We will also use the map-reduce approach: calculate the Levenshtein distance for each pair of strings and store the result for each entity in a separate file, and then we will reduce the results to a single file.

# pylint: disable=missing-module-docstring, missing-function-docstring, missing-class-docstring, line-too-long, disable=invalid-name # import json import os import time from datetime import timedelta from hashlib import md5 from multiprocessing import Pool, cpu_count from Levenshtein import distance os.makedirs('levenshtein', exist_ok=True) def find_duplicates(strings): a = strings[0] md5_hash = md5(a.encode('utf-8')).hexdigest() file_path = f'levenshtein/{md5_hash}.json' if os.path.exists(file_path): return length_distance_threshold = 1 levenshtein_distance_threshold = 0.2 result = { 'name': a, 'duplicates': [] } for b in strings[1:]: if abs(len(a) - len(b)) > length_distance_threshold: continue levenshtein_distance = distance(a, b) / max(len(a), len(b)) if levenshtein_distance < levenshtein_distance_threshold: result['duplicates'].append({ 'name': b, 'distance': levenshtein_distance }) if len(result['duplicates']) > 0: with open(file_path, 'w', encoding='utf-8') as file: json.dump(result, file, indent=2) def main(): process_start = int(time.time()) with open('data.json', 'r', encoding='utf-8') as file: # load the dataset data = list({x[''] for x in json.load(file)}) print( f'{timedelta(seconds=time.time() - process_start)} Loaded {len(data)} unique strings from data.json.') with Pool(processes=cpu_count()) as pool: print(f'{timedelta(seconds=time.time() - process_start)} Starting {cpu_count()} processes to find duplicates...') total = len(data) thousand_start = time.time() for i, _ in enumerate(pool.imap(find_duplicates, [data[i:] for i, _ in enumerate(data)])): if i % 1_000 == 0: print( f'{timedelta(seconds=time.time() - process_start)} {timedelta(seconds=time.time() - thousand_start)} strings: {i:_} of {total:_} ({i / total * 100:.0f}%)') thousand_start = time.time() print(f'{timedelta(seconds=time.time() - process_start)} Done!') # Reduce files = os.listdir('levenshtein') duplicates = {} for i, file in enumerate(files): if i % 1_000 == 0: print( f'{timedelta(seconds=time.time() - process_start)} {i:_} of {len(files):_} ({i / len(files) * 100:.0f}%)') with open(f'levenshtein/{file}', 'r', encoding='utf-8') as f: data = json.load(f) if data['name'] not in duplicates: duplicates[data['name']] = { 'count': 0, 'duplicates': [] } duplicates[data['name']]['count'] += len(data['duplicates']) duplicates[data['name']]['duplicates'].extend(data['duplicates']) duplicates = {k: v for k, v in sorted( duplicates.items(), key=lambda item: item[1]['count'], reverse=True)} for _, v in duplicates.items(): v['duplicates'] = sorted( v['duplicates'], key=lambda item: item['distance'], reverse=False) with open('duplicates.json', 'w', encoding='utf-8') as f: # save the result json.dump(duplicates, f, indent=2) print(len(files)) if __name__ == '__main__': main()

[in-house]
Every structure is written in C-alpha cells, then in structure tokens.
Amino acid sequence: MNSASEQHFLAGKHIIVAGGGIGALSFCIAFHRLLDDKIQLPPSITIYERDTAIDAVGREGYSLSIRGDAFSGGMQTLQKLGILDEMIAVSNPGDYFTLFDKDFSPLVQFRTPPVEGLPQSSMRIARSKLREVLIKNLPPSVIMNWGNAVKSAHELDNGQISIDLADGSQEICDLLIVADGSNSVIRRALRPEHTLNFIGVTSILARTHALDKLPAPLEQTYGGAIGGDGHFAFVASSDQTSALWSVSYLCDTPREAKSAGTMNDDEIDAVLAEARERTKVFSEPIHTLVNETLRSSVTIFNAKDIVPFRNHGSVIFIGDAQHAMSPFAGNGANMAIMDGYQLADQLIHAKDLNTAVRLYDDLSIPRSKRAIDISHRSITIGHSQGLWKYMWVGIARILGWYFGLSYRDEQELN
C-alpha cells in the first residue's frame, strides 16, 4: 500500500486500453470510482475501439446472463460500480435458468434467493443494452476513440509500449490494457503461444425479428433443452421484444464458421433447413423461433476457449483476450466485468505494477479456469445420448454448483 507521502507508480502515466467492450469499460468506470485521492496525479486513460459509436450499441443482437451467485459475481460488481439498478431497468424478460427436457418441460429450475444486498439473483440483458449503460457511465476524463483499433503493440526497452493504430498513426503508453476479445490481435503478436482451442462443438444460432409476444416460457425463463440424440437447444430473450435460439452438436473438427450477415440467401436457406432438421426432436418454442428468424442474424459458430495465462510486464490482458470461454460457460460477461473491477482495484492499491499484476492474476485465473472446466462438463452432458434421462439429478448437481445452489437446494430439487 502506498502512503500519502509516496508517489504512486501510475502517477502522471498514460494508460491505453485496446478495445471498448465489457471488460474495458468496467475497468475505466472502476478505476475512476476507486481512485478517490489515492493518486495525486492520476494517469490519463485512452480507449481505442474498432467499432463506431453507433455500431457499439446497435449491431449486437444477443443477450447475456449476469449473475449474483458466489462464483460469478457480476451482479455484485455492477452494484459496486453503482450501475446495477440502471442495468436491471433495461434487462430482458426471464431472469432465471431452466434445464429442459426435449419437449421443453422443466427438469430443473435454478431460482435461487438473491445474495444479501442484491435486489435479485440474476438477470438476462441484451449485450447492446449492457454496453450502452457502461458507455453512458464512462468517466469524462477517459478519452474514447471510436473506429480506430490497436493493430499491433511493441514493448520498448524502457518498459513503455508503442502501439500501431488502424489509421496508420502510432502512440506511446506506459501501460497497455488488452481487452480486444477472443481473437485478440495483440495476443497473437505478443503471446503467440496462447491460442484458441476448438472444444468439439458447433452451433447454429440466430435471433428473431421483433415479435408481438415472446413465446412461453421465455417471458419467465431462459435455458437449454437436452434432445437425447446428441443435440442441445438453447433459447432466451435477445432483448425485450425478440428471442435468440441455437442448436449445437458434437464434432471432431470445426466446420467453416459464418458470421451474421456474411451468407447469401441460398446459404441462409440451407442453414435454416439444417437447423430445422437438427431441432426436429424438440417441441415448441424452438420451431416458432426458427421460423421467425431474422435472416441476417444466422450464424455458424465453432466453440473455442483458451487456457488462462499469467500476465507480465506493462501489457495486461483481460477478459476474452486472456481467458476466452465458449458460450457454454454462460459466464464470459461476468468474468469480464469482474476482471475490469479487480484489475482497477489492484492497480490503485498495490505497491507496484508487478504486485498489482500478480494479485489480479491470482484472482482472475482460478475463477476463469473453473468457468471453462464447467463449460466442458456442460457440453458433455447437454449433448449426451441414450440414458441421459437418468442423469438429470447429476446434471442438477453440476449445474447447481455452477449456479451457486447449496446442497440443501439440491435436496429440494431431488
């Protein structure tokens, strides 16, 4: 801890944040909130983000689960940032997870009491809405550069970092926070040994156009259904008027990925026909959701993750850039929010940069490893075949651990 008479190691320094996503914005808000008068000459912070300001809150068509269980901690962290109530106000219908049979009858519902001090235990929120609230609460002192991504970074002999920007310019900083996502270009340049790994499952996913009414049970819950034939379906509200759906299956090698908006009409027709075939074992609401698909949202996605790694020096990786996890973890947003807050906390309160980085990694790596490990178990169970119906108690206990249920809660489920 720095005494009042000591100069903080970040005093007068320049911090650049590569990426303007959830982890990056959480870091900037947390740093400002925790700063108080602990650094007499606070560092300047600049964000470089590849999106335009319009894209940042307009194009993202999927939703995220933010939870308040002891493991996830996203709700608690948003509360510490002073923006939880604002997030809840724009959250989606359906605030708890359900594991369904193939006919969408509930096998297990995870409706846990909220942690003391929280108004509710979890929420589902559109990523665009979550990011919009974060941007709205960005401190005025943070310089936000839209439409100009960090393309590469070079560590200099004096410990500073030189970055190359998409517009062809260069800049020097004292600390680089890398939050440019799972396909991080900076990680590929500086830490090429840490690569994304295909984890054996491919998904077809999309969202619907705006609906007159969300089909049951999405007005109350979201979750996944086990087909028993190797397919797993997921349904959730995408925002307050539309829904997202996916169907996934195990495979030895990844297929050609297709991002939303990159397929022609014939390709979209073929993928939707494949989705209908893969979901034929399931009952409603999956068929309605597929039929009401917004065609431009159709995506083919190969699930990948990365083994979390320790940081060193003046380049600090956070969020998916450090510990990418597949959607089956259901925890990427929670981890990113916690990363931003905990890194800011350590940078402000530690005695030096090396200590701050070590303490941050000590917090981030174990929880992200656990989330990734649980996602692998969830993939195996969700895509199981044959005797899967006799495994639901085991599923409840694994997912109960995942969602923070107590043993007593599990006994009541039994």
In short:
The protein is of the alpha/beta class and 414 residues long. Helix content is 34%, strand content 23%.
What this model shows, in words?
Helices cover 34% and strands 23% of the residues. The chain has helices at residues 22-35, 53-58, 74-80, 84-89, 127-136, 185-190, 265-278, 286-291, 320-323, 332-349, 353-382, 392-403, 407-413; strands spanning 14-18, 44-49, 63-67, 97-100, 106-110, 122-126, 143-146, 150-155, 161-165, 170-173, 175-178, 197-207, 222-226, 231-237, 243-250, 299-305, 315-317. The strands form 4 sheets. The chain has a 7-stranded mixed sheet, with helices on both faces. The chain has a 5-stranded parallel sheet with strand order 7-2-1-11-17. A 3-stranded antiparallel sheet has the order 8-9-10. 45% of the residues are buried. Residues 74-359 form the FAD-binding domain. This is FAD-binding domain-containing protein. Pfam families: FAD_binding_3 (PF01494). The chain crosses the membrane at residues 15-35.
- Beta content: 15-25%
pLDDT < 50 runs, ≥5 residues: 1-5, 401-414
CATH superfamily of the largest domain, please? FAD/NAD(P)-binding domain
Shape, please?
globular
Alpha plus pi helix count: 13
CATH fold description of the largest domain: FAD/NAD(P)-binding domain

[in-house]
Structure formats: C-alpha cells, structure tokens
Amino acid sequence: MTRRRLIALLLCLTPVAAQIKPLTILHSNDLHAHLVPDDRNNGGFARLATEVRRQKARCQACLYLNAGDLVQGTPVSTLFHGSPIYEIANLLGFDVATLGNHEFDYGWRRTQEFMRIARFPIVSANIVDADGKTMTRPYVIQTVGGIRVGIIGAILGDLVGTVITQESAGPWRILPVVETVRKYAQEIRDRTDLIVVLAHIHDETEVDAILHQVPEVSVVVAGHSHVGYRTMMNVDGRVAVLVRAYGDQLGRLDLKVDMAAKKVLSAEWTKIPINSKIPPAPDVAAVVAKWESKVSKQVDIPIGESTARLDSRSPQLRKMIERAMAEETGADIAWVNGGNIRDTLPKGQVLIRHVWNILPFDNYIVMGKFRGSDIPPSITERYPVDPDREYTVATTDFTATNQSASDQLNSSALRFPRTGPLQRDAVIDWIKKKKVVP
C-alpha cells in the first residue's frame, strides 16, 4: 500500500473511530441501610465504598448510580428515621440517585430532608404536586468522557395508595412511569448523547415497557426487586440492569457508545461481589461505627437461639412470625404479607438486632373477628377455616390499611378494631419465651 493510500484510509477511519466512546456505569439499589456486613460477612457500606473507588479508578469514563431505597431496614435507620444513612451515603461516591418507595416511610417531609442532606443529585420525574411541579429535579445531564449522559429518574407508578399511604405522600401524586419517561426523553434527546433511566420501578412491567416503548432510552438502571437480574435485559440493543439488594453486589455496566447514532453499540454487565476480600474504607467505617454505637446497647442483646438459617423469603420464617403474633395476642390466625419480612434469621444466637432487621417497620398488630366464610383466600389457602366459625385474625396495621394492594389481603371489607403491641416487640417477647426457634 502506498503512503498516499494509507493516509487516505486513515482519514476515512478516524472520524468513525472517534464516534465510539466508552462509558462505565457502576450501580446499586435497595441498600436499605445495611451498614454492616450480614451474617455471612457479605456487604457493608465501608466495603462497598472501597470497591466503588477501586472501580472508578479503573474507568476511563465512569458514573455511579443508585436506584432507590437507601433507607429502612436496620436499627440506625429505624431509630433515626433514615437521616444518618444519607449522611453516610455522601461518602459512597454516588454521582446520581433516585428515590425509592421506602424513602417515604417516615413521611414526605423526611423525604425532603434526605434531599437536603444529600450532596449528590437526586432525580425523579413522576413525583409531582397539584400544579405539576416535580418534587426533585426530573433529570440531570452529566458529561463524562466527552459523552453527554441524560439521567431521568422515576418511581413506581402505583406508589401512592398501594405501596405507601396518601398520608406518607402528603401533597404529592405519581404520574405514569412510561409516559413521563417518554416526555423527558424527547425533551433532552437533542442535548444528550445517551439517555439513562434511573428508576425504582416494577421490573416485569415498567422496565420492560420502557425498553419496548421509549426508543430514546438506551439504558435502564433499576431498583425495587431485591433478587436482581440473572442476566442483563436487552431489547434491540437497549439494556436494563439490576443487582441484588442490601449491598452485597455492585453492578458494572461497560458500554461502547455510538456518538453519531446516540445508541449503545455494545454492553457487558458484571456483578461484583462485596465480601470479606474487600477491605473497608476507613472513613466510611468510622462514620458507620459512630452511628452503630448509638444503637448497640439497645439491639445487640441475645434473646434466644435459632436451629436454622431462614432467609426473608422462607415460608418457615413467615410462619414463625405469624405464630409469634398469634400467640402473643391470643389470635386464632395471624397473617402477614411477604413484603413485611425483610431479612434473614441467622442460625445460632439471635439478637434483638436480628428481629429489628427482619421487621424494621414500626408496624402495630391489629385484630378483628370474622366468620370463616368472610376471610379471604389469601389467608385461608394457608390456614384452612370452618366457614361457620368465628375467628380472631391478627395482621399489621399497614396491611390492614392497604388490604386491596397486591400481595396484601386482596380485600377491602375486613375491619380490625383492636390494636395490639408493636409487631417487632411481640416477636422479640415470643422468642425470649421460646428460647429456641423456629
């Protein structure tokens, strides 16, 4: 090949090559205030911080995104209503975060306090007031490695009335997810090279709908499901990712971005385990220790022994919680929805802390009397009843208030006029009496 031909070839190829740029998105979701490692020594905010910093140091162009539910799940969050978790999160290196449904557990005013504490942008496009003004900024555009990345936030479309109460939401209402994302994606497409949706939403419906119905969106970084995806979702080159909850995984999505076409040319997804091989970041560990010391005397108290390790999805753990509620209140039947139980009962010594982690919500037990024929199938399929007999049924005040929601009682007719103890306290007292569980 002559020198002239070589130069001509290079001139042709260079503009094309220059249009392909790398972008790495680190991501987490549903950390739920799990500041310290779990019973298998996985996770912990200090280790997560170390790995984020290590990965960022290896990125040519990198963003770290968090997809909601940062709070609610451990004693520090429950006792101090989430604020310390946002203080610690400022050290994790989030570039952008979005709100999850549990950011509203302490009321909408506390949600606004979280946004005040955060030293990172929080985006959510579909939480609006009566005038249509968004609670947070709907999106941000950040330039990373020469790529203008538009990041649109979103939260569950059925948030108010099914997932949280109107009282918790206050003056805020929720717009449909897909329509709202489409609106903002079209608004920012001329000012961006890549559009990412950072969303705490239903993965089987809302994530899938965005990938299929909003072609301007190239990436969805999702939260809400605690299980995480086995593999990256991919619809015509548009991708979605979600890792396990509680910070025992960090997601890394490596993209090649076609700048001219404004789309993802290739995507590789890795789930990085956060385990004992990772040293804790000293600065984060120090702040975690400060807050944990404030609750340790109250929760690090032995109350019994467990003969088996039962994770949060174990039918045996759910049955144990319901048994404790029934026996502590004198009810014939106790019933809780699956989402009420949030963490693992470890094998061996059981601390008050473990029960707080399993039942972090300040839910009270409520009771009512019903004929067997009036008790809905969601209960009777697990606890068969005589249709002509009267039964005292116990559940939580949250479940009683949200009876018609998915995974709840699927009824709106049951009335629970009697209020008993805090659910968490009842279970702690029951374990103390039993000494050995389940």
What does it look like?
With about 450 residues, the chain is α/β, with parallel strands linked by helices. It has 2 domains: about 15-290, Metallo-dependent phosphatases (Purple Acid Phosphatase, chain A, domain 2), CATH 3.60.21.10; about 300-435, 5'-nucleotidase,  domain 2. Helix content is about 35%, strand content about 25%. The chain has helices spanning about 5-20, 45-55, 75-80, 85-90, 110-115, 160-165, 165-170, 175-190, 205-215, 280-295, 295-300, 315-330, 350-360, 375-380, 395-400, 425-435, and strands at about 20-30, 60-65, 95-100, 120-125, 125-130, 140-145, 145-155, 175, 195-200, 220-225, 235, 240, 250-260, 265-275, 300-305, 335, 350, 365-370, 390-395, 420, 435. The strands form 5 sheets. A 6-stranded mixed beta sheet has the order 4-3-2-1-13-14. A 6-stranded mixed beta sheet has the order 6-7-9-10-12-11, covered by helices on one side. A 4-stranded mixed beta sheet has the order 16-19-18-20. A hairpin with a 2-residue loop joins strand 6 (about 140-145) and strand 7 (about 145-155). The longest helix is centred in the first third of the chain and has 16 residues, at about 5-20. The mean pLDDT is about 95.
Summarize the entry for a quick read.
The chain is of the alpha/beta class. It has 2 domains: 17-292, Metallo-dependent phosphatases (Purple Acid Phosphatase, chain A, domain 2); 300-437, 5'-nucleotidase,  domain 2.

Well, it takes several hours for a million entities, but it is still better than 285 years.

We can dig further and use BK-trees to reduce the number of comparisons even more, but it is a topic for another article.

In real life, it takes a few iterations to explore and narrow down the conditions on a small sample of data and run the final calculation on the whole dataset.